The straight geometry of saturated fat allow them to pack tightly and they are usually solids at room temperature.

        Most animal fats are saturated.


        Unsaturated fats have one or more double bonds.

        The mostly cis double bonds cause the molecule to bend.

        Unsaturated fats pack loosely and are usually liquid (oils) at room temperature.

        However, trans double bonds can cause a Lipids to behave like a saturated fat.


        Alpha-linolenic acid is a omega-3 fatty acid with a cis double bond in the ω-3 position.

        Trans unsaturated fats such as elaidic acid have large components on opposite sides relative to the double bond, and are geometrically similar to saturated fats.

        Cis unsaturated fats have large components on the same side.

    • Two important classes of         in cells are phospholipids and steroids.

      Phospholipids are diglycerides with a phosphate group and two fatty acid chains. The phosphate heads are hydrophilic while the fatty acid tails are hydrophobic. These polymers form a lipid bilayer in the membranes of cells called plasma membrane.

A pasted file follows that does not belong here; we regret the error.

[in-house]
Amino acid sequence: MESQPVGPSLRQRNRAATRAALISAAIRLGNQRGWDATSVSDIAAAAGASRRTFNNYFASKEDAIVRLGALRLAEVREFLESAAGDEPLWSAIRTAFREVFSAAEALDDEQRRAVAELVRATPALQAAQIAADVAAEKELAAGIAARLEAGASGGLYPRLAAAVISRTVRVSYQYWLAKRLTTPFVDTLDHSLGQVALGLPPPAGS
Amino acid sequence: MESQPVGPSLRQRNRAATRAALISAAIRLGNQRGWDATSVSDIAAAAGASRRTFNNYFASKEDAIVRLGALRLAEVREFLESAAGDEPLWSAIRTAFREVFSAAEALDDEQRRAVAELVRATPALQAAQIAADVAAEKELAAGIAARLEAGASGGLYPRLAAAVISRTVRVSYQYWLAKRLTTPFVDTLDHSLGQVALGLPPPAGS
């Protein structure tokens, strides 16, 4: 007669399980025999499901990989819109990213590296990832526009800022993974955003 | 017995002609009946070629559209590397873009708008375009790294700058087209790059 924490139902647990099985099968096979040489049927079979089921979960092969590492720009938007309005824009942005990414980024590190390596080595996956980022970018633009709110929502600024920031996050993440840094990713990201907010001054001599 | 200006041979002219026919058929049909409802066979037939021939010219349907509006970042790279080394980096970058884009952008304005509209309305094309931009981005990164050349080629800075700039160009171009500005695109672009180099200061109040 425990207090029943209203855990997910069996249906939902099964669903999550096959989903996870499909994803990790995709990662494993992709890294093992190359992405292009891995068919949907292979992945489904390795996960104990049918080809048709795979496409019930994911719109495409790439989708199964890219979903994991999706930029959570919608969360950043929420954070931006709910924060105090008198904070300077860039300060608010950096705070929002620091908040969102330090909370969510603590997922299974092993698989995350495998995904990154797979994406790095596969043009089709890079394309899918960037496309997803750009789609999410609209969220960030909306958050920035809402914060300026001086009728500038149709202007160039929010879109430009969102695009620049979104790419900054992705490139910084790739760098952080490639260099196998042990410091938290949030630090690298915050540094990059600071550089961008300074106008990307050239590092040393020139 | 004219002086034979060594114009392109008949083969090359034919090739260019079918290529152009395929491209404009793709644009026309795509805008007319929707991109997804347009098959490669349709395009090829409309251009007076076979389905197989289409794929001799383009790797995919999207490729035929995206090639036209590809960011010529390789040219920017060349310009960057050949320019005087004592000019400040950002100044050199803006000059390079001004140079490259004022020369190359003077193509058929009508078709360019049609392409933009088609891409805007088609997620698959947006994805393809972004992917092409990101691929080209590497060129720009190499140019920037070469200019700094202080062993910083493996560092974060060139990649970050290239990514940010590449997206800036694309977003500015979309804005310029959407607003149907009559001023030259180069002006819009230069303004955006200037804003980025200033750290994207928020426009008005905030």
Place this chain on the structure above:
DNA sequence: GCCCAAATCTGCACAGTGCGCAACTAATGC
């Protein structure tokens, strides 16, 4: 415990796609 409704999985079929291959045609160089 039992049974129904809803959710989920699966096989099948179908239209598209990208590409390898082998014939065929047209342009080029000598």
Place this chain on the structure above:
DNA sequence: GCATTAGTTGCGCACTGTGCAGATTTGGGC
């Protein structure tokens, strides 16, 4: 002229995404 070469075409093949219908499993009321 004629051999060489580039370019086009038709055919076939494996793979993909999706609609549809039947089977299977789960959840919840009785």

Phospholipid bilayer. Two layers of phospholipids form the membrane (plasma membrane) of cells. The hydrophilic phosphate heads orient to the outside and inside aqueous environments; the hydrophobic fatty acid tails pack the middle of the membrane.

      The steroid lipid cholesterol is embedded in cell membranes and is also a precursor for sex hormones such as estradiol and testosterone.
  4. Proteins consist of one or more              chains, which are polymers of amino acids.

      Proteins are polypeptides composed of amino acid monomers linked by peptide bonds.